from the editor
Restoration Antiques Restoration Antiques
IN CERTAIN NUMEROLOGICAL INTERPRETATIONS, 5 IS an expression of harmony, unity, and balance. As our dead- line loomed for this, our Fifth Anniversary Issue, it often seemed that chaos — the other side of No. 5’s influence — reigned. However, in the end, our little can-do staff and edicated band of contributing editors, writers, and photog- raphers came together to produce one comprehensive yet widely varied package. They do it every time. So hats off to them for getting us to this milestone edition and for looking ahead to all the planning, writing, and shooting that will go into our terrific lineup of projects in 2012. If our feature “ 5 Luminaries” (Page 66) is any indica- tion, the number also stands for talent. The New Englanders in this special package range from an MIT scientist to an
installation artist to the folks who make nails the way it was done 190 years ago. Our house projects
also are varied, with a modern masterpiece in the Massachusetts Berkshires (Page 84), an updated
condo in a historic brownstone in Boston’s Back Bay (Page 72), and a sensitive hommage to our
Federalist roots on the woodsy Maine coast (Page 78). We also take a peek inside a movie theater
turned pottery studio in Somerville, Massachusetts (Page 48), and prepare for winter’s chill with
our “Selections” picks of beds, bed linens, and bedroom accessories (Page 31).
In further exploring the meaning of 5, we found the numeral stands for expansiveness, vision,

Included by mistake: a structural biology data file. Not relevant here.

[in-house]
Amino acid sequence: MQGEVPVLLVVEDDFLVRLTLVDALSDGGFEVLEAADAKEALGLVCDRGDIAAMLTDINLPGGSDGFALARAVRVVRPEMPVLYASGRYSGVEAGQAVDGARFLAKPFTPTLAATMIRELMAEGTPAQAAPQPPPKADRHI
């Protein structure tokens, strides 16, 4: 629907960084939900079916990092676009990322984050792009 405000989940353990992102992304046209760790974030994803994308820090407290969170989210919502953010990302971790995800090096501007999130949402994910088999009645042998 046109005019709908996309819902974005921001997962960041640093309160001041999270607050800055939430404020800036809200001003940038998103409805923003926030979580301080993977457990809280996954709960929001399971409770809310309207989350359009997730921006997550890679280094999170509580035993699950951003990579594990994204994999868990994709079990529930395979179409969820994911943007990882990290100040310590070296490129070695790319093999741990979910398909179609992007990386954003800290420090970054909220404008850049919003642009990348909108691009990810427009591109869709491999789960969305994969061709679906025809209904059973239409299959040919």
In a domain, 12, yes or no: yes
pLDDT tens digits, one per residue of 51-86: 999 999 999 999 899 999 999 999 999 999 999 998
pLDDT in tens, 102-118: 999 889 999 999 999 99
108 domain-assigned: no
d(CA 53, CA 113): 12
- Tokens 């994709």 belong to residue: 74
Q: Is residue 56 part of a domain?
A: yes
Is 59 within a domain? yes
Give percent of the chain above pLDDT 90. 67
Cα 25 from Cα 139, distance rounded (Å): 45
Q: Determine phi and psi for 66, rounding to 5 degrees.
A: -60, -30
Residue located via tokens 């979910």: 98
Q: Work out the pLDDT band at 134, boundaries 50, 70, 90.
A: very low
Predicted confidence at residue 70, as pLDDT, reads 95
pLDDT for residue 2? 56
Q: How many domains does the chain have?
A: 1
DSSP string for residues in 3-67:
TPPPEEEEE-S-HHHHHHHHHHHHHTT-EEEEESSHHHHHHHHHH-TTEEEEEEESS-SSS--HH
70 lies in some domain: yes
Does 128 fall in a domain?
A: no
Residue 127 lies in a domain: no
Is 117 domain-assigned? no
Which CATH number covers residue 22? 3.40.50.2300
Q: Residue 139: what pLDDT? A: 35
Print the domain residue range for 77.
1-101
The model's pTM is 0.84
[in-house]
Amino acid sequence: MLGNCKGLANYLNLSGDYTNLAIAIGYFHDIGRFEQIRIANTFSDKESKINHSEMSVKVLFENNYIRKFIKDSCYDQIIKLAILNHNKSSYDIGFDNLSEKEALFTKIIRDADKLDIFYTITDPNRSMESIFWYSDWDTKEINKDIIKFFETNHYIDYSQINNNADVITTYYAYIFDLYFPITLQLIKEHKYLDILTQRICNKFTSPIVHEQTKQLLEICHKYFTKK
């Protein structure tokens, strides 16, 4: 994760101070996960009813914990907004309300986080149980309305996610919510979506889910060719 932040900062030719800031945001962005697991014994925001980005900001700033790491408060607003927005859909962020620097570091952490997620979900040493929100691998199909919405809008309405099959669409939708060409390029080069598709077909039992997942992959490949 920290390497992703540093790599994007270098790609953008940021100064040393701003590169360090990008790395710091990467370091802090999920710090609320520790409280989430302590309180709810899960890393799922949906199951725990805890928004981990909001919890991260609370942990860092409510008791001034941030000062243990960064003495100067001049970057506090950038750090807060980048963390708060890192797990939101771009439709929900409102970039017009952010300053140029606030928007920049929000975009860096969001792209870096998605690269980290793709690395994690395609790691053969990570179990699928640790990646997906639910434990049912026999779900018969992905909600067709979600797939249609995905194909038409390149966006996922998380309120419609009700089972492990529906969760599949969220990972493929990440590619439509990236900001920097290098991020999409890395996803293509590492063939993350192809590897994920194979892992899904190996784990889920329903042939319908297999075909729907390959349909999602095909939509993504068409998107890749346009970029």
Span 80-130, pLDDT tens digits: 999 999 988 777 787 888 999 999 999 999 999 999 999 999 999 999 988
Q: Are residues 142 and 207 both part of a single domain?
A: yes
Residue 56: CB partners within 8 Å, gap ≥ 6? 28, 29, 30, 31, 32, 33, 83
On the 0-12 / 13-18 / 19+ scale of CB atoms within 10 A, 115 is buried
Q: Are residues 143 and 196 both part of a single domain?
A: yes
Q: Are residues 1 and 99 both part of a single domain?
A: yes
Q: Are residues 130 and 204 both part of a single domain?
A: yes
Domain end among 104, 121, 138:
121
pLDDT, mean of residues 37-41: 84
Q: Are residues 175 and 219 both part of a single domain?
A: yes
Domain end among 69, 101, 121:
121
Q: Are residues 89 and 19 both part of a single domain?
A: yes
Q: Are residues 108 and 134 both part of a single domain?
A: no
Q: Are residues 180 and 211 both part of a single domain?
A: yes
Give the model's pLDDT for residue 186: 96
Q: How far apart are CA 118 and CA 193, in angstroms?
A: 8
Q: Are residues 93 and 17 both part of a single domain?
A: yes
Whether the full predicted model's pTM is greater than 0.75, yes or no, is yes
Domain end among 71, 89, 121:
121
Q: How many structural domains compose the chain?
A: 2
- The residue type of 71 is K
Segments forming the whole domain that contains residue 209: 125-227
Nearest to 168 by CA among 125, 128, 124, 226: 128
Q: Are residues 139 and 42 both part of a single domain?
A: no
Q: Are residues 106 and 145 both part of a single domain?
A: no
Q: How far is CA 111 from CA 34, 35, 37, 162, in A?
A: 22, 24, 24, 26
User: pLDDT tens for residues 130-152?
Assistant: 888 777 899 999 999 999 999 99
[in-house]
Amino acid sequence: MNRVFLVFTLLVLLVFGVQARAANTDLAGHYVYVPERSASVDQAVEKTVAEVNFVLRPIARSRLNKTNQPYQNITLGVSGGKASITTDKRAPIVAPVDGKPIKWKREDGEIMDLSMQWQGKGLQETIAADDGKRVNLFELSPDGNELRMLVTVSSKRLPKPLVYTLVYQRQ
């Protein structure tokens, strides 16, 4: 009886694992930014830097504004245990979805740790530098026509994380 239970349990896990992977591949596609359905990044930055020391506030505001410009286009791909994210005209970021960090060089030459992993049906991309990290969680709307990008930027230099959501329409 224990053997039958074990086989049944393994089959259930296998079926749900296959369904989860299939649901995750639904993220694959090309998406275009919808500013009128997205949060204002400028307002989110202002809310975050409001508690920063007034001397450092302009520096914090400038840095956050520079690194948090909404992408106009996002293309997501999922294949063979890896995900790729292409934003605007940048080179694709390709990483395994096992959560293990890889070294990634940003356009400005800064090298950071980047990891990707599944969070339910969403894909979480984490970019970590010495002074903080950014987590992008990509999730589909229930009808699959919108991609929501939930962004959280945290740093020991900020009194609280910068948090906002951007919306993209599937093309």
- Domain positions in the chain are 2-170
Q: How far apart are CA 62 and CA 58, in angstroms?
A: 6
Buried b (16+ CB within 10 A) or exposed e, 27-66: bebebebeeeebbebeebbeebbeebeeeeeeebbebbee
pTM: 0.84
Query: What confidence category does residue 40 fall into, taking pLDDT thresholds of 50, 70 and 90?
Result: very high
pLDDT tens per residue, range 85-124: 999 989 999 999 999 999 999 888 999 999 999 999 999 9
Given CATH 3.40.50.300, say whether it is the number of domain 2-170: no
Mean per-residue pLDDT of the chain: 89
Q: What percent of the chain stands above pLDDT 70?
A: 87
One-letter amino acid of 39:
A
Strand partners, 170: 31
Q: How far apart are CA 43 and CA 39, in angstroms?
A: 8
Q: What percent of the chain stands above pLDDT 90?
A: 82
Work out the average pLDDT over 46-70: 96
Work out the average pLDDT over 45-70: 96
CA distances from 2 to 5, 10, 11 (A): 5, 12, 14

adventure, and the constructive use of freedom, à la the International Interior Design Association’s
annual fashion show covered on Page 104. That sums it all up.
gail ravgiala, editor
17 Murdock Street, Somerville, MA
617.625.5204 or 617.236.4945
Hours: Mon-Sat 10a.m. to 6p.m.
jan shepherd, a Boston
freelance journalist and former
arts editor at The Boston Globe,
produces New England Crafts
She relishes finding bits of
regional history (heavy metal,
page 69) and talented artists
who create functional and
non-functional work in glass,
fiber, wood, and clay, such as
the potters in places, page 48.
michael j. lee, a former
designer, shared a common
vocabulary with architect
Rindala Awad Wagner and
interior designers Rachel Reider
and Lisa Pennick when he
photographed their work for
this issue. visit, page 22;
kitchen, page 38; not quite
empty nest, page 72.
susan lapides has been
photographing for magazines
for 25 years. Recently, she
delved into fine art with a 2011
exhibition at the Griffin
Photography Museum in
Winchester, MA. She serves on
the board of the Danforth
Museum of Art in Framingham,
MA. Photography and fine art
dovetail in fay chandler’s
connection, page 54.